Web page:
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ASFA struggles with apathy

by Ian Down February 12, 2019
ASFA struggles with apathy

ASFA community conversation tackles student indifference, poor communication

Christabell Moyo wasn’t quite sure what the Arts and Science Federation of Associations (ASFA) was. Despite being in her fourth year at Concordia and her last semester of her human relations and women’s studies degree, she only knew the federation from occasional emails she received.

Moyo is not the only one unfamiliar with ASFA. She was alone, however, in attending ASFA’s community conversation on Feb. 6. Despite being open to the public and heavily advertised on social media and through posters, she was the only member at large to attend. Three councillors and three executives were also present. Internal Affairs and Administration Coordinator Elliott Boulanger facilitated the conversation.

The event was part of a series, “An Open Conversation,” which is ASFA’s effort to rebuild its policies, practices, and culture with the help of the arts and science community. ASFA’s Advocacy and Executive Coordinator, Marguerite Rolland, said the idea for the event came around late November 2018. “The culture, it needs to change, and so we thought [of] having some sort of town hall open meeting like this where anyone can come in, be informed, but also to air whatever problems and concerns they have with ASFA,” she said.

“We can sit here for the rest of the year, make changes to all the policies and go through it, but this is not gonna fix a larger problem with the culture of ASFA and the reputation of ASFA and the fact that there are no members at large with us in this room right now when we’re talking about policy,” said Rolland. Moyo had already left.

“I made sure that this was sent out to all of our Arts and Science students through two newsletters,” said Rolland. “We put up posters at the Hall building, we put [the event] on our Facebook page and sponsored it as an ad as well.”

The three councillors present—Haylee McGregor of political science, and independent councillors Evan Lee and Victoria Smith-Ayotte—discussed their views on ASFA’s internal problems, including a lack of training for new councillors and a lack of institutional memory. ASFA does not have a uniform training program for all of its new councillors. Instead, councillors are trained by their predecessors, who may neglect to pass on all of the necessary information.

Rolland said ASFA needs to improve accessibility for its students. Financial barriers mean interested students may not be able to afford to invest their time in council. In addition, the ASFA office sits at the top of three flights of stairs and is not wheelchair accessible.

However, the most common concern expressed by the councillors present was a lack of communication to the student body about ASFA and a lack of presence on campus. The councillors felt that students were not aware of the services ASFA provides. Smith-Ayotte said that many students may not know they can receive grants from ASFA for various projects.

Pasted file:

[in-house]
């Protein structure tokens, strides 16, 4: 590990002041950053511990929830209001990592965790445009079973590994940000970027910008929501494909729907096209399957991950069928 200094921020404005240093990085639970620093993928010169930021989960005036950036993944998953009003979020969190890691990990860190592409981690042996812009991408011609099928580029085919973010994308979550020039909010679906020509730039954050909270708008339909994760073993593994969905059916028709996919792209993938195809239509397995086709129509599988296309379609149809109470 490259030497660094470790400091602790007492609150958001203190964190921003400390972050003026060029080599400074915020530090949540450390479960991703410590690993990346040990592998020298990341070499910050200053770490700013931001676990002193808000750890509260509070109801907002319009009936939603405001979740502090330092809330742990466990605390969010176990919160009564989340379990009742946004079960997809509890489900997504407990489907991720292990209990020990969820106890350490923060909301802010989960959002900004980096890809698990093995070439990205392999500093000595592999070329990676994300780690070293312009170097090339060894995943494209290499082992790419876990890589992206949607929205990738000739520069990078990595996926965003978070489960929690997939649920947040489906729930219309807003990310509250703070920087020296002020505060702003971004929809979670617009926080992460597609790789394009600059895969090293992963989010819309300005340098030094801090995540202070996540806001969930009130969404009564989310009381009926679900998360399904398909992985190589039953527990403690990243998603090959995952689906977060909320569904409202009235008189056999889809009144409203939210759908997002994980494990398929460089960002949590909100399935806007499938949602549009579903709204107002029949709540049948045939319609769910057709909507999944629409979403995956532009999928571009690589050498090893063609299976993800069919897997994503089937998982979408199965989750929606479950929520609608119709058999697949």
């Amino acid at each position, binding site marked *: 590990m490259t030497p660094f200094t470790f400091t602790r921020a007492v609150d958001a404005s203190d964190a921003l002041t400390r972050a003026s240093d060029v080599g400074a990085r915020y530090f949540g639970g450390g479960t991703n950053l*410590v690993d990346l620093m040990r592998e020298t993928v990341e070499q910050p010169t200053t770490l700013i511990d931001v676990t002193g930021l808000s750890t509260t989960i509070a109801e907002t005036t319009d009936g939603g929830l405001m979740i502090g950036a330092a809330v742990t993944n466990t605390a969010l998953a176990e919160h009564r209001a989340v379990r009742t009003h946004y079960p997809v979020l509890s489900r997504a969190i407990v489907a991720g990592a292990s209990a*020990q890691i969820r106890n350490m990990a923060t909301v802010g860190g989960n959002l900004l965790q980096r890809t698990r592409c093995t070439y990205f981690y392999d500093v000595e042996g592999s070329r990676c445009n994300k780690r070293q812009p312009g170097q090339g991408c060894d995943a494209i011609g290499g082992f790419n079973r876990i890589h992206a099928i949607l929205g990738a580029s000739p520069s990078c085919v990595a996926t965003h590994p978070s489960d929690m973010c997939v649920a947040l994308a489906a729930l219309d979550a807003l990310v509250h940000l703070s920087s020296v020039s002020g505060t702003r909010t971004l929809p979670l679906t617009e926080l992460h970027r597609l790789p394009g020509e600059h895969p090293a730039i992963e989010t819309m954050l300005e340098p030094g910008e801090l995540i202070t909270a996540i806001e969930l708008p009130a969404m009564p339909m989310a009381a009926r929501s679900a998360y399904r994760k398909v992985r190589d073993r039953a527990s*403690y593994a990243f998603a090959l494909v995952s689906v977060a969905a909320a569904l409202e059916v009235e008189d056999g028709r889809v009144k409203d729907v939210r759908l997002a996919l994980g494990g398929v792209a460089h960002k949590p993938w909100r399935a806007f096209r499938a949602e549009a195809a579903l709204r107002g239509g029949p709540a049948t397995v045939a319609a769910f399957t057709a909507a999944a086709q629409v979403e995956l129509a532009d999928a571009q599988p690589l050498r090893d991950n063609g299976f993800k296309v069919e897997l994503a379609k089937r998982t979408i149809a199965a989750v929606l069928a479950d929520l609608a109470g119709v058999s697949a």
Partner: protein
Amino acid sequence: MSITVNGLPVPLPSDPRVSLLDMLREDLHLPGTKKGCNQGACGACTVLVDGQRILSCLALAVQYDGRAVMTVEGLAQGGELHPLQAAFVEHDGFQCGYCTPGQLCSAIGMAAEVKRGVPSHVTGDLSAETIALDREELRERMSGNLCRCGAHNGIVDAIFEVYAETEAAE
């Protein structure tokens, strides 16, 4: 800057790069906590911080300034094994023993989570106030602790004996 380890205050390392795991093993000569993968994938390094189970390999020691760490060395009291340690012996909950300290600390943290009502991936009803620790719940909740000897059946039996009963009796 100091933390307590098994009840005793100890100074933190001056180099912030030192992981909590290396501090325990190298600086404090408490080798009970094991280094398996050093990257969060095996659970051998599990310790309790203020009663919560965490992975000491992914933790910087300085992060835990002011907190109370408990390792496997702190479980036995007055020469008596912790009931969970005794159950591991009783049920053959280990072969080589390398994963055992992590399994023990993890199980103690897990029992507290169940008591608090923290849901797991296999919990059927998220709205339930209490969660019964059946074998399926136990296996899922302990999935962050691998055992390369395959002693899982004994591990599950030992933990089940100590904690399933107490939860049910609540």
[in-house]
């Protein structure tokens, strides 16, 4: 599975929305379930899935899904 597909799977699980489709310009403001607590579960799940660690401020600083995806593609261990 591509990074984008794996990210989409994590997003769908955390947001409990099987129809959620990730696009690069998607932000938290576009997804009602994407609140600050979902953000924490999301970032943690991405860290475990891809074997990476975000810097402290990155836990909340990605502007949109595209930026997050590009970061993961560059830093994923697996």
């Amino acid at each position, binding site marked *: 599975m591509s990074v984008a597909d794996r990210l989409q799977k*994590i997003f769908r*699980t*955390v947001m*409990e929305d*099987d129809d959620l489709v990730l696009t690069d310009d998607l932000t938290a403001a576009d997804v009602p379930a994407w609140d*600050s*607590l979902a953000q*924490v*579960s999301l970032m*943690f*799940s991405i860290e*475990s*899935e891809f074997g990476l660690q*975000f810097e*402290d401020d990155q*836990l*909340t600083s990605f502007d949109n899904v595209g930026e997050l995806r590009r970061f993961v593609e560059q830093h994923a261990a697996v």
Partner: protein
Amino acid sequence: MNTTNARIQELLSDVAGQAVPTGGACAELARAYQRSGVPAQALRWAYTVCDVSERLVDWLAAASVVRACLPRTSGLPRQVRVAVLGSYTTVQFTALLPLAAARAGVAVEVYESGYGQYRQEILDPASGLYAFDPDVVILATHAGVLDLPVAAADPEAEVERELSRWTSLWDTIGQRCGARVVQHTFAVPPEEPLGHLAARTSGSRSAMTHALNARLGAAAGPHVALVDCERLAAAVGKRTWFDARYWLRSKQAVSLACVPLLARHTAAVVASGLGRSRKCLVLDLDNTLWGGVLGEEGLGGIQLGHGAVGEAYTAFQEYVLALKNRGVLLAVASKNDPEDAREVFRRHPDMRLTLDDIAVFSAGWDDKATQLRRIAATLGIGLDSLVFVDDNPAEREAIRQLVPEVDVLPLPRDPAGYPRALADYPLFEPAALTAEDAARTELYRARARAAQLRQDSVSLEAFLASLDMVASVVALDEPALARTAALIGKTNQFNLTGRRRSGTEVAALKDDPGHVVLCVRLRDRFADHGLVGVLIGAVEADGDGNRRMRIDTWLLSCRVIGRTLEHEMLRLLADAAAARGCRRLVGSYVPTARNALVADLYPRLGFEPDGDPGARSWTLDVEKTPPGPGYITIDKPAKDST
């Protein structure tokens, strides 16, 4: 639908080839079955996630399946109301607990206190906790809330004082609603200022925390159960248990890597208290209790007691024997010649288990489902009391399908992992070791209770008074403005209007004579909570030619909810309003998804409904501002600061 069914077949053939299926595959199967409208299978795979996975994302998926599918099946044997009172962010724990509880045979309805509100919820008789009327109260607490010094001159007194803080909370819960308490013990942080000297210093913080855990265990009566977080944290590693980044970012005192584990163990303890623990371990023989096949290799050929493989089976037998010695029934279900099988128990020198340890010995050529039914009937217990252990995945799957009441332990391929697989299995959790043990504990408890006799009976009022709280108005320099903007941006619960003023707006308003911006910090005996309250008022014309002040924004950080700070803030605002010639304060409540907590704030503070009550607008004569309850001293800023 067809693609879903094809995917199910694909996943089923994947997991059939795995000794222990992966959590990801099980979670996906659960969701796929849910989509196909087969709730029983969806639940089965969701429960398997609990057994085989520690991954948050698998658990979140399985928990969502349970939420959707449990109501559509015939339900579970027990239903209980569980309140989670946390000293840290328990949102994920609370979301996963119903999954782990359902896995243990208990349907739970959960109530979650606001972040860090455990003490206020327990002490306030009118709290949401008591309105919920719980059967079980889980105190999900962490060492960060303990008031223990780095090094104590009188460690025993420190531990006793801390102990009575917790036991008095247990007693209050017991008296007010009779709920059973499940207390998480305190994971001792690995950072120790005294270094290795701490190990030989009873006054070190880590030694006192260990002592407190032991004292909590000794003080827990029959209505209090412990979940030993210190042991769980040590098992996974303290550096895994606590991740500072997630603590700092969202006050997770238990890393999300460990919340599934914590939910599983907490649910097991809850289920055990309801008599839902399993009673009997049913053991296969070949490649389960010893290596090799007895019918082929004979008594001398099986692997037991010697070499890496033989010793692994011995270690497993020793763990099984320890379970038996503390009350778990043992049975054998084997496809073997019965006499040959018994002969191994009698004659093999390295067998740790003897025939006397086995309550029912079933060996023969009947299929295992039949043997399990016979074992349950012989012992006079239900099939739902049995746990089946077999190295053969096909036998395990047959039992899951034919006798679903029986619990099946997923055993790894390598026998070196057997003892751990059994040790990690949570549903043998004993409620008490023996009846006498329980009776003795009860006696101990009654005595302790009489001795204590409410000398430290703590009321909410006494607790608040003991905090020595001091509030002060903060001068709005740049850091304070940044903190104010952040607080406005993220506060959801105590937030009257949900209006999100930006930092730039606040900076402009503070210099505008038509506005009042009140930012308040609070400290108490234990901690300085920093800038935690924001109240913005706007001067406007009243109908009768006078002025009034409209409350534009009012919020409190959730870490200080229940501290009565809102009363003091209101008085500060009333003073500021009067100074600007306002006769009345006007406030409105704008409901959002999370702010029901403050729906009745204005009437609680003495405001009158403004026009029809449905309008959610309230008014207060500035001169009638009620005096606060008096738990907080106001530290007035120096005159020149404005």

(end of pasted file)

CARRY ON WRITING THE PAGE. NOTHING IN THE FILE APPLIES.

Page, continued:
Rolland said it is for this reason that ASFA is often viewed as a “glorified party planner,” that exists only to organize Frosh and other events. She said that if this was what the student body wanted out of ASFA, they would follow suit. “But I think we all have enough experience and knowledge to say that we don’t think that’s what the membership wants.”

“I think some people like the parties, but I think in general what ASFA should be is a resource, and offer services that students need,” said Rolland.

ASFA also suffers from low voter turnout. In December 2016, a referendum to increase ASFA’s fee levy failed to reach quorum of 517 votes.

Comparatively, little time was devoted to the sexual assault and theft scandals that have hit the federation in recent years. In September 2018, Concordia student Harris Turpin filed a lawsuit against ASFA for allegedly mishandling his sexual harassment complaint against former ASFA President Jonathan Roy. Just three years earlier, the federation was ordered to pay an undisclosed amount to Mei Ling, a former executive who was subject to sexual harassment and racial discrimination by other members.

In November, former Finance Coordinator Caleb Owusu-Acheaw resigned after admitting to taking $300 in petty cash from the federation.

Wednesday’s event was the third and last in a series called “The History & The Present.” Two more events, titled “The Future and Ideas for it” were held on Saturday, Feb. 9 and Monday, Feb. 11. Rolland said, once the community conversations are over, ASFA will produce a report with the recommendations in time for elections. “That means when people start running in elections, they start running […] with the knowledge that this is going to be their task to uphold.” She also wants the suggestions to be officially adopted at the next general assembly so they become actionable.

Photo by Hannah Ewen.

A previous version of this article stated that “In September 2018, Concordia student Harris Turpin filed a lawsuit against ASFA for allegedly mishandling his sexual assault complaint against former ASFA President Jonathan Roy.” The complaint was actually related to sexual harassment. The Concordian regrets the error.

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